Noelle Roni. Remember her name, because she stood up. It’s time for us to return the favor.
Force kids in school to read crappy, overrated books that are “the best books ever written” solely because they’re “classics” and then call those kids idiots because those aren’t the kind of books they like to read and sit back and wonder why we have a nation full of multiple generations worth of people who willfully and proudly refuse to read.
Dale Spender, an Australian feminist who has been a strong advocate of female rights in this area, noted that teachers who tried to restore the balance by deliberately ‘favouring’ the girls were astounded to find that despite their efforts they continued to devote more time to the boys in their classrooms. Another study reported that a male science teacher who managed to create an atmosphere in which girls and boys contributed more equally to discussion felt that he was devoting 90 per cent of his attention to the girls. And so did his male pupils. They complained vociferously that the girls were getting too much talking time.
In other public contexts, too, such as seminars and debates, when women and men are deliberately given an equal amount of the highly valued talking time, there is often a perception that they are getting more than their fair share. Dale Spender explains this as follows:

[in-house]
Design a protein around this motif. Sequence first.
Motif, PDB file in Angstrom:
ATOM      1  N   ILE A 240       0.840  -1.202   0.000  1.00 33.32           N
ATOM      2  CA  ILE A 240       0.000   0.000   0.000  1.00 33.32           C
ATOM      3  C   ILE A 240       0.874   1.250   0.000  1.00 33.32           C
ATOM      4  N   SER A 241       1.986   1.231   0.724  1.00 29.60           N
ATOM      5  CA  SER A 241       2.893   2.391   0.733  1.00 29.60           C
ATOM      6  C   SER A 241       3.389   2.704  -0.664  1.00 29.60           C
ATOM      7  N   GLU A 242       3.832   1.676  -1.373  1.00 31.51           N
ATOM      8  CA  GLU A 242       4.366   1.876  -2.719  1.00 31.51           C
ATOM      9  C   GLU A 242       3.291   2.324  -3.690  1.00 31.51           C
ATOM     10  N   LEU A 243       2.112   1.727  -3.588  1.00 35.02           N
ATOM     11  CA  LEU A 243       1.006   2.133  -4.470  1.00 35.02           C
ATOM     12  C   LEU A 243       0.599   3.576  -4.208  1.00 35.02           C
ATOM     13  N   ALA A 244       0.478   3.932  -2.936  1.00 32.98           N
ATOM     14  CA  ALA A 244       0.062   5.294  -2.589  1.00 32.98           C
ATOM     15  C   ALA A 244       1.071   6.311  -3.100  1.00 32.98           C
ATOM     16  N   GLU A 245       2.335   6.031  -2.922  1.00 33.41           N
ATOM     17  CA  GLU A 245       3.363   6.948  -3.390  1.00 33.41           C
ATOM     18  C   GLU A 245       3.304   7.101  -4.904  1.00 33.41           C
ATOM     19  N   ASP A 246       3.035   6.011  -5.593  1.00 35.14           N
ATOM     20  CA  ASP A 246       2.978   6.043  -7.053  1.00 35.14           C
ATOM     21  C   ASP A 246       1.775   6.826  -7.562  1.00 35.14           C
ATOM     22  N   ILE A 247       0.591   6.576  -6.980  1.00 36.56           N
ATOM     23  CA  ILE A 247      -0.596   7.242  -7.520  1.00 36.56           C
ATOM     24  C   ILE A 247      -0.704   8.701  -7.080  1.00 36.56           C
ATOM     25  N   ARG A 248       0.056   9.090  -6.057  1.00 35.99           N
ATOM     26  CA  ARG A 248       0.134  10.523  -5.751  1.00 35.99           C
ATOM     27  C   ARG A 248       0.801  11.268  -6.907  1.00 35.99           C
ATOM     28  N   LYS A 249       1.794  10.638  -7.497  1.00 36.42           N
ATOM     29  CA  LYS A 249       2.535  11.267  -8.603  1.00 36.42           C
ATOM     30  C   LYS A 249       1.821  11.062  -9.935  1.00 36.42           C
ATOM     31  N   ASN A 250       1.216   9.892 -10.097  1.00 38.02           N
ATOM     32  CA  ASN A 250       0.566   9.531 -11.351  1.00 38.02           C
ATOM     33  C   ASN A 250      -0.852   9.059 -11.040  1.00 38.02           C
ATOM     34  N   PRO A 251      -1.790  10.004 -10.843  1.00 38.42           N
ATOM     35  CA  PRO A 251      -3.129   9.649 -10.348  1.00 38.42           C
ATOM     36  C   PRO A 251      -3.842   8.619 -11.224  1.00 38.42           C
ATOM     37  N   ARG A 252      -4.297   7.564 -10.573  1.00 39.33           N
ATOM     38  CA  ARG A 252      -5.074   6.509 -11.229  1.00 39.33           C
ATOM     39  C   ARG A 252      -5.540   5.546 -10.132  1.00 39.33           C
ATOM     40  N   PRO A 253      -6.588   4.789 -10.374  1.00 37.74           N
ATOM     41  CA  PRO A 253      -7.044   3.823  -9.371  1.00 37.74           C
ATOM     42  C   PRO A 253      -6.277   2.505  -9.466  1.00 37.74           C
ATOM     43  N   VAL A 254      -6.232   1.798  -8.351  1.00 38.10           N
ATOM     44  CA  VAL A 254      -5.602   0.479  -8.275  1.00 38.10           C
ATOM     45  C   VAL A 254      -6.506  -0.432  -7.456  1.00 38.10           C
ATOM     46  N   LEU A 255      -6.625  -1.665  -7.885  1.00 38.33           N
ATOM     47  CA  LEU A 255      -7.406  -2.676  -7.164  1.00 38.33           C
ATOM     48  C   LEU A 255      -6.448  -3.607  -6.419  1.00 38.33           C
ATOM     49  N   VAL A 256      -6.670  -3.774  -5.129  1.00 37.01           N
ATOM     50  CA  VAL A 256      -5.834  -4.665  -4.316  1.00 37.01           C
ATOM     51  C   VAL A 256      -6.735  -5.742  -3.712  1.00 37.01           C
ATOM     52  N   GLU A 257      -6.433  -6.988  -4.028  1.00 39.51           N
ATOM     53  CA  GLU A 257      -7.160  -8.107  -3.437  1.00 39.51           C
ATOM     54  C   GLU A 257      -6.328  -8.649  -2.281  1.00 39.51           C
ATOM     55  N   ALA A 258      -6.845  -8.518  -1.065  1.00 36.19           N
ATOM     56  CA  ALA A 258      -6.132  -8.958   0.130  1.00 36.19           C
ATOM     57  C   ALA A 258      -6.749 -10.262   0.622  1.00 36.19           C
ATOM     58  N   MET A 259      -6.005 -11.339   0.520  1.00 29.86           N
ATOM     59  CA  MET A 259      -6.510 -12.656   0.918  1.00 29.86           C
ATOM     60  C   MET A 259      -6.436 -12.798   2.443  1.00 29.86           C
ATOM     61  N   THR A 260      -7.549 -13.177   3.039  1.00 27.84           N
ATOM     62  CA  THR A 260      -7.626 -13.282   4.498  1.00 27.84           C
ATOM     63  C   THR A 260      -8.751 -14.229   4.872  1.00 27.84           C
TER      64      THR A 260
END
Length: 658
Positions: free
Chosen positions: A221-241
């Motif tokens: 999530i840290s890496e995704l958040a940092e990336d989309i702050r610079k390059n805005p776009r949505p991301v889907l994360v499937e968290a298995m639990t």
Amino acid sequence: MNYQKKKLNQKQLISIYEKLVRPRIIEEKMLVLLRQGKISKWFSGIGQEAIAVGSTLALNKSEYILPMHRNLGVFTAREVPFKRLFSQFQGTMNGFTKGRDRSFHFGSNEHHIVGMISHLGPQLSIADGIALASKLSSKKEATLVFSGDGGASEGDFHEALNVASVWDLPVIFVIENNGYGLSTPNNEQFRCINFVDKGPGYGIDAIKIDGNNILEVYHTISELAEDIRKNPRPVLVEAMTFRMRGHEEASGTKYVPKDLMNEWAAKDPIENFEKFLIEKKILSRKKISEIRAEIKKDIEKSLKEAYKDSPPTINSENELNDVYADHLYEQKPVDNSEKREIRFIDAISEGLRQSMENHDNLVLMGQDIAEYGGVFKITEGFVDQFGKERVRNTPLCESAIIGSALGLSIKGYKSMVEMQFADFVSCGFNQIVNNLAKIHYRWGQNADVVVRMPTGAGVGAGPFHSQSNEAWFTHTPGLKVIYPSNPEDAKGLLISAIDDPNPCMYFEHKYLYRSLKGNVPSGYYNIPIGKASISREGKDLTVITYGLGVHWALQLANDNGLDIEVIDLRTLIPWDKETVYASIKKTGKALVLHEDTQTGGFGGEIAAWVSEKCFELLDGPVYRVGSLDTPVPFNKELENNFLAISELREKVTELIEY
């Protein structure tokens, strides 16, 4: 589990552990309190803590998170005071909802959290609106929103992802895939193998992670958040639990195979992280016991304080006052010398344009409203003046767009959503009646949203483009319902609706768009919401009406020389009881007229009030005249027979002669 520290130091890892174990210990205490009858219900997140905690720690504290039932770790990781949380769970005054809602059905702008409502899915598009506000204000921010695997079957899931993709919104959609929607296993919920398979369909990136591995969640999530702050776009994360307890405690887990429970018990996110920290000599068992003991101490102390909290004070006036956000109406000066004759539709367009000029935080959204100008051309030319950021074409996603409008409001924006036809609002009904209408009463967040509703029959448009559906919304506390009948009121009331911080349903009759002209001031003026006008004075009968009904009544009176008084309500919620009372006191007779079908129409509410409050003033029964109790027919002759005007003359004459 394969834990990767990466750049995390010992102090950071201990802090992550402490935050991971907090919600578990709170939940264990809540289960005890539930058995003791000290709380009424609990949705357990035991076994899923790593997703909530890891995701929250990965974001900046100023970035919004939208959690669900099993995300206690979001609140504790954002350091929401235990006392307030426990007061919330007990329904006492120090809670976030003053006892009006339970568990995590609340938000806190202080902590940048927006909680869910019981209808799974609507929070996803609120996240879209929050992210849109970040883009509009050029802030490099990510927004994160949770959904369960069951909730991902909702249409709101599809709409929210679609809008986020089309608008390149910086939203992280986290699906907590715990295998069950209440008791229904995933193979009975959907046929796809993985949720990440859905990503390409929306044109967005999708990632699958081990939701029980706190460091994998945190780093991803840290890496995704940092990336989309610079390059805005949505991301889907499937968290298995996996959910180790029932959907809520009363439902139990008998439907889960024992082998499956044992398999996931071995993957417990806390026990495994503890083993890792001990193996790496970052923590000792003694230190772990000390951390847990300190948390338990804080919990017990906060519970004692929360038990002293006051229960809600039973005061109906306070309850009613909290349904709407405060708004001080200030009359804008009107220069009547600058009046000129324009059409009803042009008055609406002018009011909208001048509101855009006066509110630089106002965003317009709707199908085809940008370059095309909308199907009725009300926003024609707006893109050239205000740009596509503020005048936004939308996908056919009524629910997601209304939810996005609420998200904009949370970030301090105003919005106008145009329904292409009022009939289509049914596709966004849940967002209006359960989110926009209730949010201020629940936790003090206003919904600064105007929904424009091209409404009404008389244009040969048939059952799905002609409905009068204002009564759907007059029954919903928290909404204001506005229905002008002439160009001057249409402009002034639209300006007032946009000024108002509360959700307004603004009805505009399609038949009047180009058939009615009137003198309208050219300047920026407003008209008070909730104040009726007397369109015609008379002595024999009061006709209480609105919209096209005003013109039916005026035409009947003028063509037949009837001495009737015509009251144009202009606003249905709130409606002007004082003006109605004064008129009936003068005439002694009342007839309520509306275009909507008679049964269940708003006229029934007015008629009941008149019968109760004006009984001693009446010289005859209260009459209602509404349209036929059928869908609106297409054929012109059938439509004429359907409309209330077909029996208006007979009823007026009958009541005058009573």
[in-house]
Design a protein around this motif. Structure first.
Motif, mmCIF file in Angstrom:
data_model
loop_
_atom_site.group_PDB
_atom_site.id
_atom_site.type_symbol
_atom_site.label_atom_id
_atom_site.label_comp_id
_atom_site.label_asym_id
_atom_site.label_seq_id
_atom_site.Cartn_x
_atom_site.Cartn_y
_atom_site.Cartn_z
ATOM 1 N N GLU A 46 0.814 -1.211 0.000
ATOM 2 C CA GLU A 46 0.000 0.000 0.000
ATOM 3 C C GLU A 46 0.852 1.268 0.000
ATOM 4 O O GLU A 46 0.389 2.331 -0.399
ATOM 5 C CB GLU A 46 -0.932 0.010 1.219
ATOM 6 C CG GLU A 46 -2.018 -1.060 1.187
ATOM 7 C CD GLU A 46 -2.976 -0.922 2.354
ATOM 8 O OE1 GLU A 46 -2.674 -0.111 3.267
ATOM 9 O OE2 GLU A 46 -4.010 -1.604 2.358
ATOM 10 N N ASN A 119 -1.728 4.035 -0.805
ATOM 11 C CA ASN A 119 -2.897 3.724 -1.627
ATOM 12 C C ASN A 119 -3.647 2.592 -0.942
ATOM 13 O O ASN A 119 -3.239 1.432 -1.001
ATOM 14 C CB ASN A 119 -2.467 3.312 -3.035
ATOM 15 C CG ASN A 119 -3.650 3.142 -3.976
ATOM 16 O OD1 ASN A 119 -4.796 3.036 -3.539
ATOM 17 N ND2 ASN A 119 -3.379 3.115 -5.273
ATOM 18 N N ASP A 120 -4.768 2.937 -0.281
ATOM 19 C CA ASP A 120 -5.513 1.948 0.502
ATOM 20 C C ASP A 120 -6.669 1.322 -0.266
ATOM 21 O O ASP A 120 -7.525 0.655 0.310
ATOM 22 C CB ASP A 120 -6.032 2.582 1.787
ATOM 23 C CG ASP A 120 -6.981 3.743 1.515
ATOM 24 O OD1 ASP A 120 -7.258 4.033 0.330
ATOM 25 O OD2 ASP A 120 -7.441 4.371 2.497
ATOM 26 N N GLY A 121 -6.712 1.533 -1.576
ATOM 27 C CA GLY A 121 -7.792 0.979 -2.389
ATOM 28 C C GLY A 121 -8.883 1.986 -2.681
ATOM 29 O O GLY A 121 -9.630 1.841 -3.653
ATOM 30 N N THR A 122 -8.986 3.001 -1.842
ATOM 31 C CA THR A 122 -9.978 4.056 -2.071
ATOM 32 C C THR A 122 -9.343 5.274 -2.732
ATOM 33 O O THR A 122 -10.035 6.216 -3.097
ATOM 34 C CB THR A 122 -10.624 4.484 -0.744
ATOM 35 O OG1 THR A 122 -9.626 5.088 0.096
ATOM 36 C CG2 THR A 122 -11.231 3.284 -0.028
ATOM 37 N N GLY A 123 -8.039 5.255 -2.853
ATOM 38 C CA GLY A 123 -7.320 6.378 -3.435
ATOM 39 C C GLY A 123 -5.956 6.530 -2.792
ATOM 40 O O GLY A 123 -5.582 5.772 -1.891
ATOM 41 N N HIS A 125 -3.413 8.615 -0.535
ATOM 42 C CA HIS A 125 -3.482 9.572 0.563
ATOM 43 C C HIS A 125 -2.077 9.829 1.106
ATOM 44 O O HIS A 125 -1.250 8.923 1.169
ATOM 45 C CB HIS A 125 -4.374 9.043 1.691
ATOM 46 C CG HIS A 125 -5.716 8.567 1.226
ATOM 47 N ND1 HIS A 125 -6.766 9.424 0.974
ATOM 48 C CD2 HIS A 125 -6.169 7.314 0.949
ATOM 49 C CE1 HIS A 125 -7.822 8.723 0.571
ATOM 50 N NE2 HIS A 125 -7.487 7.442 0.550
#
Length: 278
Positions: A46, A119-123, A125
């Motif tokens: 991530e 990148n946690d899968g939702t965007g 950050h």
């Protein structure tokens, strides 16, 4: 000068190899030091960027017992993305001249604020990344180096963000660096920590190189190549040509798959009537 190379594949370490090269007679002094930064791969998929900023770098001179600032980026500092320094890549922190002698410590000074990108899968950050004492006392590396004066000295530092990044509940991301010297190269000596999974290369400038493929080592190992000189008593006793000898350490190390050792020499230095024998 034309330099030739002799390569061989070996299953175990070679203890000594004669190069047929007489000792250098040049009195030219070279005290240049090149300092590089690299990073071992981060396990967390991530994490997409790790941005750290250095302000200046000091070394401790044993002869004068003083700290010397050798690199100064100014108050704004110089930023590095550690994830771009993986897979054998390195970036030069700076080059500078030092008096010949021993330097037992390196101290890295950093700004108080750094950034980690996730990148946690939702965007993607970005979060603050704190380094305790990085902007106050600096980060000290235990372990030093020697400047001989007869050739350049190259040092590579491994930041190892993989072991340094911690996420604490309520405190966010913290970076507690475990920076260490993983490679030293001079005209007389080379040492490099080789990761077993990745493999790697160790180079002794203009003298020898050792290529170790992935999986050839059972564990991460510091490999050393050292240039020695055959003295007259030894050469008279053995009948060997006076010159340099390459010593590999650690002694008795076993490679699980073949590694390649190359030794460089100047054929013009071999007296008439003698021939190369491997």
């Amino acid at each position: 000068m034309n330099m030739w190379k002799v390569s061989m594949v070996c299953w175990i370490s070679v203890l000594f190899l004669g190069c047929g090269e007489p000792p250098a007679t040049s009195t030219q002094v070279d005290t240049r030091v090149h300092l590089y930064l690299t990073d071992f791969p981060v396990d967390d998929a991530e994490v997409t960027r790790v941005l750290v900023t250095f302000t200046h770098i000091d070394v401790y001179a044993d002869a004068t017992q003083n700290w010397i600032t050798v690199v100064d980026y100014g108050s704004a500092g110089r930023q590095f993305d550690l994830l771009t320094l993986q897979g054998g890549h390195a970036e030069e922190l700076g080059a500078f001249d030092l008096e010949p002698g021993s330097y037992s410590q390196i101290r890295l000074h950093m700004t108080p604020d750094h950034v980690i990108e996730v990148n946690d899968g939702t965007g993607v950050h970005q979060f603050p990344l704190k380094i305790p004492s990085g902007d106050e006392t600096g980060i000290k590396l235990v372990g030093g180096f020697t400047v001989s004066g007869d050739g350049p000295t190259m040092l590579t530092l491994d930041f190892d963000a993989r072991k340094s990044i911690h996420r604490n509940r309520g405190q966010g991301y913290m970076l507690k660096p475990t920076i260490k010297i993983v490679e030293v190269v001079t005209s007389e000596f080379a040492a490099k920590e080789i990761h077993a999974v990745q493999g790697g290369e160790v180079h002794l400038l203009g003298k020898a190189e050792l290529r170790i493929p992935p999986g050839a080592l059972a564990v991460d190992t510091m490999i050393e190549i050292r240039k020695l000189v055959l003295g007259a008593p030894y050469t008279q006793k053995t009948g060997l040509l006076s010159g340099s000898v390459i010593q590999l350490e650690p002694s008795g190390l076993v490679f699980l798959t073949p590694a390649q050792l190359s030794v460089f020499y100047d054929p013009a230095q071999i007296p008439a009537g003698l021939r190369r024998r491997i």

The talkativeness of women has been gauged in comparison not with men but with silence. Women have not been judged on the grounds of whether they talk more than men, but of whether they talk more than silent women.
In other words, if women talk at all, this may be perceived as ‘too much’ by men who expect them to provide a silent, decorative background in many social contexts. This may sound outrageous, but think about how you react when precocious children dominate the talk at an adult party. As women begin to make inroads into formerly ‘male’ domains such as business and professional contexts, we should not be surprised to find that their contributions are not always perceived positively or even accurately."
As a teacher, I give girls what I hope is a lot of attention. I don’t know if I give girls their fair share, but I aspire to, especially after noticing that boys are willing to use their greater share of teachers’ attention to get girls who they feel aren’t being quiet and docile enough punished. I have therefore acquired a reputation for “caring more about the girls.” This has had two marked results: Some straight boys have gotten more hostile toward me, and most girls have gotten more confident around me. This makes me think I’m doing something right.